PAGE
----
8. Transcription initiation complexes and upstream activation with RNA polymerase II lacking the C-terminal domain of the largest subunit.

    PubMed Central

    Buratowski, S; Sharp, P A

    1990-01-01

    RNA polymerase II assembles with other factors on the adenovirus type 2 major late promoter to generate pairs of transcription initiation complexes resolvable by nondenaturing gel electrophoresis. The pairing of the complexes is caused by the presence or absence of the C-terminal domain of the largest subunit. This domain is not required for transcription stimulation by the major late transcription factor in vitro. Images PMID:2398901

  9. Characterization of glutamate decarboxylase from Lactobacillus plantarum and its C-terminal function for the pH dependence of activity.

    PubMed

    Shin, Sun-Mi; Kim, Hana; Joo, Yunhye; Lee, Sang-Jae; Lee, Yong-Jik; Lee, Sang Jun; Lee, Dong-Woo

    2014-12-17

    The gadB gene encoding glutamate decarboxylase (GAD) from Lactobacillus plantarum was cloned and expressed in Escherichia coli. The recombinant enzyme exhibited maximal activity at 40 °C and pH 5.0. The 3D model structure of L. plantarum GAD proposed that its C-terminal region (Ile454-Thr468) may play an important role in the pH dependence of catalysis. Accordingly, C-terminally truncated (Δ3 and Δ11 residues) mutants were generated and their enzyme activities compared with that of the wild-type enzyme at different pH values. Unlike the wild-type GAD, the mutants showed pronounced catalytic activity in a broad pH range of 4.0-8.0, suggesting that the C-terminal region is involved in the pH dependence of GAD activity. Therefore, this study may provide effective target regions for engineering pH dependence of GAD activity, thereby meeting industrial demands for the production of γ-aminobutyrate in a broad range of pH values.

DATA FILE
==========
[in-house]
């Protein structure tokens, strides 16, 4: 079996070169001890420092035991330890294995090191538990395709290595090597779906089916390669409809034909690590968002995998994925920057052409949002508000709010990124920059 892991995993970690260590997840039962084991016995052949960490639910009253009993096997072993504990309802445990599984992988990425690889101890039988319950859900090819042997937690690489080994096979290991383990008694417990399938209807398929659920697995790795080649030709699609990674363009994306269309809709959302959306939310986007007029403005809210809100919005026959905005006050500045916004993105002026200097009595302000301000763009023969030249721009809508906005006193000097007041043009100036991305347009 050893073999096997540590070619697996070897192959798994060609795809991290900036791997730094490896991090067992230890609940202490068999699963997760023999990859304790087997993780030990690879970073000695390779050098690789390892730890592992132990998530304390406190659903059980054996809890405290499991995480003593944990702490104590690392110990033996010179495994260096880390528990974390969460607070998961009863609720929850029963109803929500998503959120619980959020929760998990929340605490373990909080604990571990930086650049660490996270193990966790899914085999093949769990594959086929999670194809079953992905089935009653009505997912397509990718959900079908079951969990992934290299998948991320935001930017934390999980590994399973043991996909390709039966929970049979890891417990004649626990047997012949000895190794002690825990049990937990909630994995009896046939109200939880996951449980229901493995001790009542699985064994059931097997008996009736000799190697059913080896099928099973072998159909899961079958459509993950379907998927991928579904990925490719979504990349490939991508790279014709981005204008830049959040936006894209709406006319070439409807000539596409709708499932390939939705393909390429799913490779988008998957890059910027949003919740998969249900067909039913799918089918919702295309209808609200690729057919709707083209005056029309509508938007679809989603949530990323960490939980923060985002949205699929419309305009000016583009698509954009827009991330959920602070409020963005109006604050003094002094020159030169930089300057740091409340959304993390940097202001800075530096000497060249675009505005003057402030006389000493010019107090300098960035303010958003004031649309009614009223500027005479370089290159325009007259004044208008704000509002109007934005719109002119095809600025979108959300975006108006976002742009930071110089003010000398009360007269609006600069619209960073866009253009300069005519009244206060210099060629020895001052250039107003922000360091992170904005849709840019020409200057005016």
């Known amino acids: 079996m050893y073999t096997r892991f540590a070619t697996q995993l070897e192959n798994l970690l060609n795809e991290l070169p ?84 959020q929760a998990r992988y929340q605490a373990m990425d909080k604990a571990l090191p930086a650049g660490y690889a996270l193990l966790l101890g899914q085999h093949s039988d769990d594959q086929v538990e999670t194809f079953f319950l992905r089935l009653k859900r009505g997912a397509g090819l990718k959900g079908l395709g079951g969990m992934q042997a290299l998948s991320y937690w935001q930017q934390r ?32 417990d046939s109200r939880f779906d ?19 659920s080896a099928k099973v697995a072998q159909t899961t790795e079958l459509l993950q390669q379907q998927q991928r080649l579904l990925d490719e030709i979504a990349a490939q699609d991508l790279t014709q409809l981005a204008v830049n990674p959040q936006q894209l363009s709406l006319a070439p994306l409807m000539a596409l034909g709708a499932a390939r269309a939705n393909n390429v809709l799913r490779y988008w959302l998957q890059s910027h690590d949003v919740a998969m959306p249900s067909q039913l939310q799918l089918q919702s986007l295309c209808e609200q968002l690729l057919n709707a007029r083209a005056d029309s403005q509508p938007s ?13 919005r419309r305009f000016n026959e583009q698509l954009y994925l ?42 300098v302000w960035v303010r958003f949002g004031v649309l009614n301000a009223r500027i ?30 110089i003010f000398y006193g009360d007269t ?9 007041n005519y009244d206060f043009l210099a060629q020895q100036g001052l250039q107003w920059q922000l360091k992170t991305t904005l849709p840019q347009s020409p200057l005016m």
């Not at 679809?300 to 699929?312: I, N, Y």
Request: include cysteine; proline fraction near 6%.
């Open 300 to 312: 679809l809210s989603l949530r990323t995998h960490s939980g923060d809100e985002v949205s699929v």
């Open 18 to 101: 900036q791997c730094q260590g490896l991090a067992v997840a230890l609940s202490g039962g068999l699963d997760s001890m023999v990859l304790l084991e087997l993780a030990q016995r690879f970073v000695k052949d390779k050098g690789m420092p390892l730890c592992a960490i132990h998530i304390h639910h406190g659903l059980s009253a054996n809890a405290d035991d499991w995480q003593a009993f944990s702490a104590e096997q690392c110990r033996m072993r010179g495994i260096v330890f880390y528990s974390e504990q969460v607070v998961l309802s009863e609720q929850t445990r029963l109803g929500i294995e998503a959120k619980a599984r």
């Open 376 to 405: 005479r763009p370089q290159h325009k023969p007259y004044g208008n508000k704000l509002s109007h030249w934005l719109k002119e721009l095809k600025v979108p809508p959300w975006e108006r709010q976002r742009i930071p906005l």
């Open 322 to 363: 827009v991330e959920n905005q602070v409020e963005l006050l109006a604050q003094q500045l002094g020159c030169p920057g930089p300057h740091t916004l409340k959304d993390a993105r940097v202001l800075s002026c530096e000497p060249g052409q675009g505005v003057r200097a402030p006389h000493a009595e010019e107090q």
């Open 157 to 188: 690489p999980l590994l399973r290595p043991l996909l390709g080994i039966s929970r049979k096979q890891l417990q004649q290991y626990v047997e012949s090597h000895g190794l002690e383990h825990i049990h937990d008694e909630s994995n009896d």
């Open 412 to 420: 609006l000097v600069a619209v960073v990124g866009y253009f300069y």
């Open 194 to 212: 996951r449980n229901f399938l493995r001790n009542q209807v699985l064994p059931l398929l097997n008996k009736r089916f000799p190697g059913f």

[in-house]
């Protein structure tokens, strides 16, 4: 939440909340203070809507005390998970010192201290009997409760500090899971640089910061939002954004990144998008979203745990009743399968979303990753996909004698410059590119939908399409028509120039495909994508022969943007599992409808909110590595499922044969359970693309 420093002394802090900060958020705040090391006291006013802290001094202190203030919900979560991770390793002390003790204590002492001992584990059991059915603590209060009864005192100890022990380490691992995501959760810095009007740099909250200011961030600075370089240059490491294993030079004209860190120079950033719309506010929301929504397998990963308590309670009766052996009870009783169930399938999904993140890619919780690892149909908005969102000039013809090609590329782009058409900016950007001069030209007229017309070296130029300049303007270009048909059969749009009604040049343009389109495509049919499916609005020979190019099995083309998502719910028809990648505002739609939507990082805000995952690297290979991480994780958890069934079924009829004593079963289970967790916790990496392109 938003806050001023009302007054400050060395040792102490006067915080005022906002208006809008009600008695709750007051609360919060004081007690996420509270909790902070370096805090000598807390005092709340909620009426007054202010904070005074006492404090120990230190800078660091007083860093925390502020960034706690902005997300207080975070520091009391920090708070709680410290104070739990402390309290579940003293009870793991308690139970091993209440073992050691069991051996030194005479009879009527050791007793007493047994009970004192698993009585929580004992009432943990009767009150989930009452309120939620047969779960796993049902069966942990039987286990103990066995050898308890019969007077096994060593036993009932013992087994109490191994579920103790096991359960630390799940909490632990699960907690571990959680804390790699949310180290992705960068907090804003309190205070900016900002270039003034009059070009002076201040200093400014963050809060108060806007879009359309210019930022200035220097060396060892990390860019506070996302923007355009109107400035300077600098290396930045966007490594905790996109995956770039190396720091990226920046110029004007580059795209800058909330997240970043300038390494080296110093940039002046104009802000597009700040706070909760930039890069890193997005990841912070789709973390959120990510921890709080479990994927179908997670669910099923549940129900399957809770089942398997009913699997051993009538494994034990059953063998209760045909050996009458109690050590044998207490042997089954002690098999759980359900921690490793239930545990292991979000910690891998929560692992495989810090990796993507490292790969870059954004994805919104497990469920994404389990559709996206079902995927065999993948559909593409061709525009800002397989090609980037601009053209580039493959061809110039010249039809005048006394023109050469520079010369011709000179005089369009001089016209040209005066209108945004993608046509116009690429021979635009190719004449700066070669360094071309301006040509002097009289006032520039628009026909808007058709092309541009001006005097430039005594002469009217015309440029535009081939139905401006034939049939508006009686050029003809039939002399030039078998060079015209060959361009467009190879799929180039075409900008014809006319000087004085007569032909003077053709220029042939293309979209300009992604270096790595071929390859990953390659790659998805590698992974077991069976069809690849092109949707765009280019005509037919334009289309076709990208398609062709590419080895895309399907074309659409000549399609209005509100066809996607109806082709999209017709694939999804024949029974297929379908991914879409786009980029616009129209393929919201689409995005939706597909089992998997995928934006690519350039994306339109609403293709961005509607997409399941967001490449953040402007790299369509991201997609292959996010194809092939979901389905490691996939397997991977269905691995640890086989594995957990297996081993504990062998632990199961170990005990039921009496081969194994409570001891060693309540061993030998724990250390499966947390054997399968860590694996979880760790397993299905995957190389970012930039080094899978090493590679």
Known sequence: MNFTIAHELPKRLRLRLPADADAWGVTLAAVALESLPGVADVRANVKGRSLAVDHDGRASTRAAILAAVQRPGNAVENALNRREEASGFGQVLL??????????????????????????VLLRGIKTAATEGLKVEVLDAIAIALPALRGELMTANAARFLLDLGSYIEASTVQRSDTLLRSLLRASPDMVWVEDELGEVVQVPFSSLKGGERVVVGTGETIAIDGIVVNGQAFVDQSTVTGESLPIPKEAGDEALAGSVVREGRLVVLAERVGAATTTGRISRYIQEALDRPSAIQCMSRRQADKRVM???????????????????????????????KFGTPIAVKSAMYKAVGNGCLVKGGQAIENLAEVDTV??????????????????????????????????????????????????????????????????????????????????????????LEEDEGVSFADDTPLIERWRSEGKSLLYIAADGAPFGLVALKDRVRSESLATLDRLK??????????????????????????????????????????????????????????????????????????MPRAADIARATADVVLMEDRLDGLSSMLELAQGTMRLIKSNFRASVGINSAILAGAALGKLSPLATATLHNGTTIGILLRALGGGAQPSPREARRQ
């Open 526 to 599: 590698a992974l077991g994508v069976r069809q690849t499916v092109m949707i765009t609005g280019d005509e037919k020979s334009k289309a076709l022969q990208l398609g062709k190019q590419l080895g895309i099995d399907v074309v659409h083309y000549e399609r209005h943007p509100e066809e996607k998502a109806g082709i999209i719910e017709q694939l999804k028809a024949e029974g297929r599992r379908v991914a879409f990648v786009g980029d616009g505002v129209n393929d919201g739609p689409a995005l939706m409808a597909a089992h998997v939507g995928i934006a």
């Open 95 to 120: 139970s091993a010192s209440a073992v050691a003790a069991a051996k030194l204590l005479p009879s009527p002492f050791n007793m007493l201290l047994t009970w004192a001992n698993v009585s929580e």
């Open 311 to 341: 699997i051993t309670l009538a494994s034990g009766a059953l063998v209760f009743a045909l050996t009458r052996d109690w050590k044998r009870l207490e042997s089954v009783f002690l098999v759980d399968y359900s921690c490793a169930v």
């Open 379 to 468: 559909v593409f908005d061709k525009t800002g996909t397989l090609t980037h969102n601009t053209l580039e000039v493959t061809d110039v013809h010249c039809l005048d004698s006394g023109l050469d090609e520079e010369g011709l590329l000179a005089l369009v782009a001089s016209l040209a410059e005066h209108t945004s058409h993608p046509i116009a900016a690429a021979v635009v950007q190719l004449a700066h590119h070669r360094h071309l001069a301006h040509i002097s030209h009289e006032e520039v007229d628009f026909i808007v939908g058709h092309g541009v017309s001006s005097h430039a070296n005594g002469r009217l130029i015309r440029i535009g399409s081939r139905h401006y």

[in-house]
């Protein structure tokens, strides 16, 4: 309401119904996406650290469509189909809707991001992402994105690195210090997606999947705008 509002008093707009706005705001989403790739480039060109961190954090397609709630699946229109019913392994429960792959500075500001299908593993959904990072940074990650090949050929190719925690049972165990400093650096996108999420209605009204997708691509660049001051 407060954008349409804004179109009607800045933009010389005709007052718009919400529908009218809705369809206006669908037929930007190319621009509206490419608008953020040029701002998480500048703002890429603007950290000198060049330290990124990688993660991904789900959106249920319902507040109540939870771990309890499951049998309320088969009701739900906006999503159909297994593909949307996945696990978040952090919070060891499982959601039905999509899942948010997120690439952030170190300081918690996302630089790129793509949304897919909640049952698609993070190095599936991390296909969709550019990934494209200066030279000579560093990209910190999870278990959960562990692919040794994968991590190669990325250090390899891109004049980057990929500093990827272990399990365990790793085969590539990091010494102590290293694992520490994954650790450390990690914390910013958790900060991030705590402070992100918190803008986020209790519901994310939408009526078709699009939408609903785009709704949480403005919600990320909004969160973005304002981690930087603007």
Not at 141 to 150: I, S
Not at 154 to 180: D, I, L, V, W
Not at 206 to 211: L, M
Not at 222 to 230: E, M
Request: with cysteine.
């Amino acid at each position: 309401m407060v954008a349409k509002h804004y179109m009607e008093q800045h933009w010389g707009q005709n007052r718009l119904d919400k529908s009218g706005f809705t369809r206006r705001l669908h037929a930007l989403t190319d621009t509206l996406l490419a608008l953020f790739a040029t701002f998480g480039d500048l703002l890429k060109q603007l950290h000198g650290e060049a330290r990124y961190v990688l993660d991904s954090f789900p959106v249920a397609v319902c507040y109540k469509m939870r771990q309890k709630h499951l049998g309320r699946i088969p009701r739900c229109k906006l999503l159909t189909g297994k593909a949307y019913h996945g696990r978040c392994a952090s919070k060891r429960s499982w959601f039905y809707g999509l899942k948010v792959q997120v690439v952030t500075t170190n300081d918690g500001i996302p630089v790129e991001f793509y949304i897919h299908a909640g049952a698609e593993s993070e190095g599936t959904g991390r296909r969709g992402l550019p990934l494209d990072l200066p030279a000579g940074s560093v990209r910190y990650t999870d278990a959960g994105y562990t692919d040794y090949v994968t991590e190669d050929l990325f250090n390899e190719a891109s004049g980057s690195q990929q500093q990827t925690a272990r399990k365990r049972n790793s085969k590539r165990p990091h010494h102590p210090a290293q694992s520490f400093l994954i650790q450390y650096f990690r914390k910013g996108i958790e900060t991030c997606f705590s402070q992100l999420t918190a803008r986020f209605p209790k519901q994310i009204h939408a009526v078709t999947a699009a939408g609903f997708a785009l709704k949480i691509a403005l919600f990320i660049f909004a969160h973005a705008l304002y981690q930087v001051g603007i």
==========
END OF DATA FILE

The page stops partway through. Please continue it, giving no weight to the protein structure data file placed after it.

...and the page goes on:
10. [The C-terminal domain of the Vibrio fischeri transcription activator LuxR is not essential for degradation by Lon protease].

    PubMed

    Mel'kina, O E; Manukhov, I V; Zavil'gel'skiĭ, G B

    2010-01-01

    The Vibrio fischer luxICDABEG genes are activated by autoinducer N-(3-oxohexanoyl)homoserine lactone and the LuxR protein. The LuxR contains 250 aa and consists of two domains. The C-domain, that extends from around residue 162 to the C-terminus, is thought to bind lux regulatory DNA and activate transcription of the luxICDABEG genes. The N-terminal domain, which binds the autoinducer, consists of about 70% residues of LuxR. In E. coli C-terminal domain can activate the lux genes in the absence of autoinducer. Previously it was shown that the ATP-dependent Lon protease of E. coli takes part in the negative regulation of the transcription of the V. fischeri lux operon and that LuxR is a target of Lon protease. Comparative analysis of effects of Lon protease on the V. fischeri luxICDABEG genes expression was made. Special constructed hybrid plasmids which permit the regulation of luxR, luxR 5'-deletion mutation were used and luICDABEG genes were activated independently and quantitatively. We show that the full length LuxR, but not C-terminal domain is a target protein for Lon protease. The transcription activity by full length LuxR protein isobserved when its intracellular concentration is about two order lower than that of its C-terminal domain.